The haste with which the Douglas County Public Utility District (PUD) is severing ties with the Washington Department of Fish and Wildlife (WDFW) is puzzling and troubling.
It’s not clear why the PUD is in such a hurry to take over operation of its fish hatcheries at Wells Dam and Winthrop from WDFW. The PUD’s reasoning for the sudden termination of its contract with WDFW is, charitably, even less clear.
The PUD announced in August that it would end its multi-million dollar contract with WDFW in 90 days and develop its own staffing. The PUD is currently advertising for positions at both sites. The state workers can apply for the PUD jobs. The PUD plans to staff the facilities with 10 workers; WDFW employed 18.
Other than continued employment, what’s the incentive for those WDFW workers to leave a state agency for a position with the organization that just deemed them expendable? Another fair question: Where will the PUD find people as experienced and knowledgeable as the WDFW employees?
That issue seems to be on the mind of PUD officials as well. They have asked the WDFW to help them in the transition to management of the hatcheries. So, the PUD tells WDFW “you’re fired,” and then says in a memo that “the District needs WDFW’s help and we again ask that you immediately appoint an employee at WDFW who is responsible for transition.”
Talk about having it both ways. We don’t need you, but we do need you.
It’s been suggested that PUD officials are canceling the WDFW contract because they are miffed about not having been told about a WDFW investigation of sexual harassment and a hostile work environment at Wells Dam. Four WDFW employees at Wells were fired after the investigation was concluded.
Seems like a flimsy rationale, if that is the only reason for ending the contract. The nature of such investigations is that information is closely held to keep them contained and objective. And it was WDFW personnel who were being investigated. As a contractor, WDFW has the right to independently conduct its own internal business. It’s fair to ask: If the sexual atmosphere was that problematic, why didn’t the PUD know about it, at least tangentially?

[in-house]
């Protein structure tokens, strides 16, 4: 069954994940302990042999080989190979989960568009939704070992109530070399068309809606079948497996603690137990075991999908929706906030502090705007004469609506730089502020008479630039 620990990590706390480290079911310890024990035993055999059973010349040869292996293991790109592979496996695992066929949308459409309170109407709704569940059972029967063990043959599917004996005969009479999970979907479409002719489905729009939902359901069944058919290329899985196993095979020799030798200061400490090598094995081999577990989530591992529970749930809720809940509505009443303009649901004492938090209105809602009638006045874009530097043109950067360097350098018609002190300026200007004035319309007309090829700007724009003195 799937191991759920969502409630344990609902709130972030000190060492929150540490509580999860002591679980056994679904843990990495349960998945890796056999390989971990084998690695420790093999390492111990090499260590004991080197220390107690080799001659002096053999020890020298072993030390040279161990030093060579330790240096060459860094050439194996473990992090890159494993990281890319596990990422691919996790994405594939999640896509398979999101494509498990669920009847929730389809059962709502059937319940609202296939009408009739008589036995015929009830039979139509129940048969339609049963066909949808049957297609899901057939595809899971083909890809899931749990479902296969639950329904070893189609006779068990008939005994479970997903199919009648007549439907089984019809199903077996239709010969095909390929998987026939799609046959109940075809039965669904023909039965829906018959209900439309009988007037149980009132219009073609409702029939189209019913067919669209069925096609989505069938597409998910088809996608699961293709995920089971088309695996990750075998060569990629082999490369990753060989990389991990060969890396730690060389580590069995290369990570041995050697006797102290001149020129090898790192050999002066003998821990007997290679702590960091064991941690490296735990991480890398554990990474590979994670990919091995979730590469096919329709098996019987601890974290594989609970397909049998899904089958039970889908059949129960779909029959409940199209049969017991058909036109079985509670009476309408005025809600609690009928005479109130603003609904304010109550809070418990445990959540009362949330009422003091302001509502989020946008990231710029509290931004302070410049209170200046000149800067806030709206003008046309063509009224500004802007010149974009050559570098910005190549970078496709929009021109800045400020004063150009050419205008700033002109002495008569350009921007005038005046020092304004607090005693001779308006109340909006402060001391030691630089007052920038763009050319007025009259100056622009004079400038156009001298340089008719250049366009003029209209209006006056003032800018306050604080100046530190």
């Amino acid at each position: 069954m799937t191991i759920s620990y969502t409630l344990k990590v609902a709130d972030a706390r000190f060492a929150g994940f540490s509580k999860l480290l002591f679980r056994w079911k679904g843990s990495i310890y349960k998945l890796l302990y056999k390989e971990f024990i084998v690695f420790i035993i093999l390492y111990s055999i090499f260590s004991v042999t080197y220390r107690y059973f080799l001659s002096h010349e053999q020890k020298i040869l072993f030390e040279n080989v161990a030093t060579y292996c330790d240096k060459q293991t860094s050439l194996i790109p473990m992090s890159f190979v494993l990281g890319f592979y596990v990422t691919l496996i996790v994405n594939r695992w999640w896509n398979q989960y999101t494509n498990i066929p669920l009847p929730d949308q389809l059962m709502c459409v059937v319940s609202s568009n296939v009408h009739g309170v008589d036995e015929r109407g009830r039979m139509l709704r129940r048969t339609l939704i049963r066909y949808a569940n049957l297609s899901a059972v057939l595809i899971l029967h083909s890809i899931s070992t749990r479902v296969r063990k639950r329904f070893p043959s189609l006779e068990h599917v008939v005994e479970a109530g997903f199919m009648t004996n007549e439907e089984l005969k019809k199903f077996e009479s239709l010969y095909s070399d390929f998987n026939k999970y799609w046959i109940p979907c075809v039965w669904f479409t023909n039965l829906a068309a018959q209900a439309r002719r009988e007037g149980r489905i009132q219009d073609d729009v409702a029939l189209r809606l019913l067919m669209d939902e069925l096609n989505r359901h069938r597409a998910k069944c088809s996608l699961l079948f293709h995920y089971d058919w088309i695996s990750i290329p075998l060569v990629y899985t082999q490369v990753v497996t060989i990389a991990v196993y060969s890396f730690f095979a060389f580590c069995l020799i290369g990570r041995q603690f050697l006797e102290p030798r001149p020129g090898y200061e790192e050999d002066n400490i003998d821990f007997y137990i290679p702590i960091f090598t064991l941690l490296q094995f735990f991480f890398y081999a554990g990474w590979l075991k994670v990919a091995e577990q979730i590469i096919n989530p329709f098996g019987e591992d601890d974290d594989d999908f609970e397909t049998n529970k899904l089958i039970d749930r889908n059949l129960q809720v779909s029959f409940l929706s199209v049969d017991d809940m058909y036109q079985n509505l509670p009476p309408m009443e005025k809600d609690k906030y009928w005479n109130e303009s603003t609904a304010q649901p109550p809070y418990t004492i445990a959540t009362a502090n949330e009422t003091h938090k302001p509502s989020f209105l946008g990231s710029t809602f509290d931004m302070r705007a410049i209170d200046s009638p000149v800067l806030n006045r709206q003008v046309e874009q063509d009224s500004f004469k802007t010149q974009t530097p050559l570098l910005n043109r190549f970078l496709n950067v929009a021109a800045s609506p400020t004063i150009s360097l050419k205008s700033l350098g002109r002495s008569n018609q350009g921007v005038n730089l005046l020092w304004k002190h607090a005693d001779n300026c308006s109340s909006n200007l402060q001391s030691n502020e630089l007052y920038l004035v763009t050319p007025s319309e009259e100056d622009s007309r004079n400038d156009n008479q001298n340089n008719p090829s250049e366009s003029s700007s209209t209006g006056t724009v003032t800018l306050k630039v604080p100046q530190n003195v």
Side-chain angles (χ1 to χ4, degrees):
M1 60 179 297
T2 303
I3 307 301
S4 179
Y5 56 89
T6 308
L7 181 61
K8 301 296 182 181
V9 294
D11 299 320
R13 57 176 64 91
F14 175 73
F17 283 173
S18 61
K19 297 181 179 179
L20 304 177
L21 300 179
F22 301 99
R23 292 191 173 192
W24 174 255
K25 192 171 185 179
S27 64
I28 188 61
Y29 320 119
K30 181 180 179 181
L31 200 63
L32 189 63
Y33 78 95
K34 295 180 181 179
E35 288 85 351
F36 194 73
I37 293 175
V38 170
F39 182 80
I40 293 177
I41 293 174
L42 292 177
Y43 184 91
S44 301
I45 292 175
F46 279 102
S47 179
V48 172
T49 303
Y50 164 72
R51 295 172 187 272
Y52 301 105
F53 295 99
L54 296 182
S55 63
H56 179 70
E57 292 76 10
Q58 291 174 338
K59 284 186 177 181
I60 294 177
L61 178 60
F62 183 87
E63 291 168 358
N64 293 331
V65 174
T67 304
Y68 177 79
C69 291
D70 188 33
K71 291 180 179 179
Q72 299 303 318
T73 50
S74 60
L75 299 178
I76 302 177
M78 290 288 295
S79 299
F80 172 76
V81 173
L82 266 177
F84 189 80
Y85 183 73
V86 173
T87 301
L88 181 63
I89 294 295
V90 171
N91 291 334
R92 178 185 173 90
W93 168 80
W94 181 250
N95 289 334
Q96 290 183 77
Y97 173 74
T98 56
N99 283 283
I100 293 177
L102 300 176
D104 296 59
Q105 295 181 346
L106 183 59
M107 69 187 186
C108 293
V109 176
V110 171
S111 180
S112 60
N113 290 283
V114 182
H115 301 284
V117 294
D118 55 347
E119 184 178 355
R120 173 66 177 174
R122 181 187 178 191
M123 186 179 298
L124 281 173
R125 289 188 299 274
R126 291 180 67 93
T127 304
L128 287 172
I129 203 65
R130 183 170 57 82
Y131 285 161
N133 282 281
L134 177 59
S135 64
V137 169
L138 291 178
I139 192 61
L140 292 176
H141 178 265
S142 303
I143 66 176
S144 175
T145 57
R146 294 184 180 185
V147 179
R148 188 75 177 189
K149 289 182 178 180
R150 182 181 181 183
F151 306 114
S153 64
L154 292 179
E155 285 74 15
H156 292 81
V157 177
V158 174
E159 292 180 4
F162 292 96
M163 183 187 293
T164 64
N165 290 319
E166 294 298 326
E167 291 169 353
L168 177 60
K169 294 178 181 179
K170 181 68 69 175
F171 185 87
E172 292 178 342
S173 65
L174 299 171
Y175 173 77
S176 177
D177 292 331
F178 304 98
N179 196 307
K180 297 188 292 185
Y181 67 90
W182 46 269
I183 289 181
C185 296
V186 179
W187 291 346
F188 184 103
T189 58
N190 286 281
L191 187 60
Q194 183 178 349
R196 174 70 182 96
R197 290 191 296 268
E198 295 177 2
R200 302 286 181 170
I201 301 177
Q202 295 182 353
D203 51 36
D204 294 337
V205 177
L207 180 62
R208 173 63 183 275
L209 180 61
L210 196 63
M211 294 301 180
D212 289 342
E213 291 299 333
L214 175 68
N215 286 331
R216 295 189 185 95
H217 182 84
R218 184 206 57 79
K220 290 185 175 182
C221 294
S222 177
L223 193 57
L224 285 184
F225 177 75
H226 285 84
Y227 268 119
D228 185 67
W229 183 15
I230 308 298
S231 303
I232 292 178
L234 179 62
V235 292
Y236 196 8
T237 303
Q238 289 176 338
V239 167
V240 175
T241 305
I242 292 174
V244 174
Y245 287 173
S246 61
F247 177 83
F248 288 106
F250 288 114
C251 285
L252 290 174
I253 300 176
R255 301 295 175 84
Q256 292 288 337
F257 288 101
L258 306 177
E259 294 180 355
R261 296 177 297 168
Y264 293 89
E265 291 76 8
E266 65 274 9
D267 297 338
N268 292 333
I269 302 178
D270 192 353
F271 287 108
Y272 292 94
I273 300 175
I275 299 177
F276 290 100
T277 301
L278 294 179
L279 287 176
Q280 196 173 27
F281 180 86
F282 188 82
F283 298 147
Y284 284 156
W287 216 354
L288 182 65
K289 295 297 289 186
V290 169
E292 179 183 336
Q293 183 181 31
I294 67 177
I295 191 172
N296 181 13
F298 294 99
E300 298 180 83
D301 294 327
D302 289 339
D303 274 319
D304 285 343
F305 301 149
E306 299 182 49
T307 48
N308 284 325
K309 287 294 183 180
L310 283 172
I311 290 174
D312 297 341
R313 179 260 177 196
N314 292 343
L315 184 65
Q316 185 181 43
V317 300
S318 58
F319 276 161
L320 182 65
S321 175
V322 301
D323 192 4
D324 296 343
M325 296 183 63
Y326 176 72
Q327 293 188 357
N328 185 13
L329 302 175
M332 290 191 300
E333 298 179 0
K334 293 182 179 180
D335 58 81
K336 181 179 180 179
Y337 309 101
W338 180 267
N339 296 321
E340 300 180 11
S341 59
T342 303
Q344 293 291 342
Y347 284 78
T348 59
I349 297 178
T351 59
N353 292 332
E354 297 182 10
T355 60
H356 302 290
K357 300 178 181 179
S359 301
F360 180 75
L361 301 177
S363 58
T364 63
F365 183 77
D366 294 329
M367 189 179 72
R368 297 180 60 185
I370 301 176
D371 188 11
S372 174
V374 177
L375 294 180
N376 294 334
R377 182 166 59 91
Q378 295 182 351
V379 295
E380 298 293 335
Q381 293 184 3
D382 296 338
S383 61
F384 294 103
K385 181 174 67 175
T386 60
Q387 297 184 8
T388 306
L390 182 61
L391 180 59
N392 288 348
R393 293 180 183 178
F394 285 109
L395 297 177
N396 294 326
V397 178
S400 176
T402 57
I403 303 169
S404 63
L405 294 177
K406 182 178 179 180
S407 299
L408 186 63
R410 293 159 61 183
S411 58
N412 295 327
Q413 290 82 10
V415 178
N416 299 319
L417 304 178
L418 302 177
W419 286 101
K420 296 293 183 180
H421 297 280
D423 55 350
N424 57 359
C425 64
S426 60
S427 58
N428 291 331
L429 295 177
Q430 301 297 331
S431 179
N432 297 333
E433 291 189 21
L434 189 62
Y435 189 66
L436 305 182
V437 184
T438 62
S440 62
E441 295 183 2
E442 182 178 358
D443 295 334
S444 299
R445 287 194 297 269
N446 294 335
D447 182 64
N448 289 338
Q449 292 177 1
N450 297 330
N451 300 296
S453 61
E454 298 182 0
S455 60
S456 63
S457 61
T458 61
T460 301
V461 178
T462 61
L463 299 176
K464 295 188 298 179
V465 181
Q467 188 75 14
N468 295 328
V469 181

Part of the PUD’s explanation for taking over the hatcheries is “they’re our fish.” News flash: They were always your fish, and nobody seems to be arguing that WDFW didn’t take good care of them.
Meanwhile, other agencies and stakeholders including the Yakama Nation are raising alarms about how the abrupt change in management might affect the fish being raised at the hatcheries. They are asking legitimate questions about the PUD’s need for speed in taking control.
The whole thing seems like a turf-war dispute over which humans want to have primacy, when it should instead be primarily about the fish. Everyone involved should be invested in doing whatever it takes, however long it takes, to ensure that the fish are being properly taken care of.
Filling the boots
In the past, process, perception and transparency haven’t always been concepts that were embraced by the Okanogan County Fire District 6 board of commissioners. Decisions were made that sometimes seemed tone-deaf to the public’s interest.
Things may be changing for the better. At its recent meeting to discuss a successor for outgoing Chief Don Waller, the commissioners talked about process, perception and transparency with refreshing candor and concern for how they should proceed.
The main issue was whether the district should open up a formal application process to fill the chief position — or simply select the obvious candidate, Acting Chief Cody Acord. To some in the community, that might seem like another short-cut to decision-making.
To their credit, the commissioners considered how it might appear if they named Acord without going through a full hiring protocol — when the outcome was likely to be the same. They opened the discussion up to audience members, including many firefighters who threw their enthusiastic support behind Acord.
Acord is an experienced, well-liked and highly regarded firefighter whose appointment to the permanent post makes sense for the department and the community. He has a good grasp of the issues facing the district. Whatever the process, it was unlikely that the commissioners would have found a better candidate.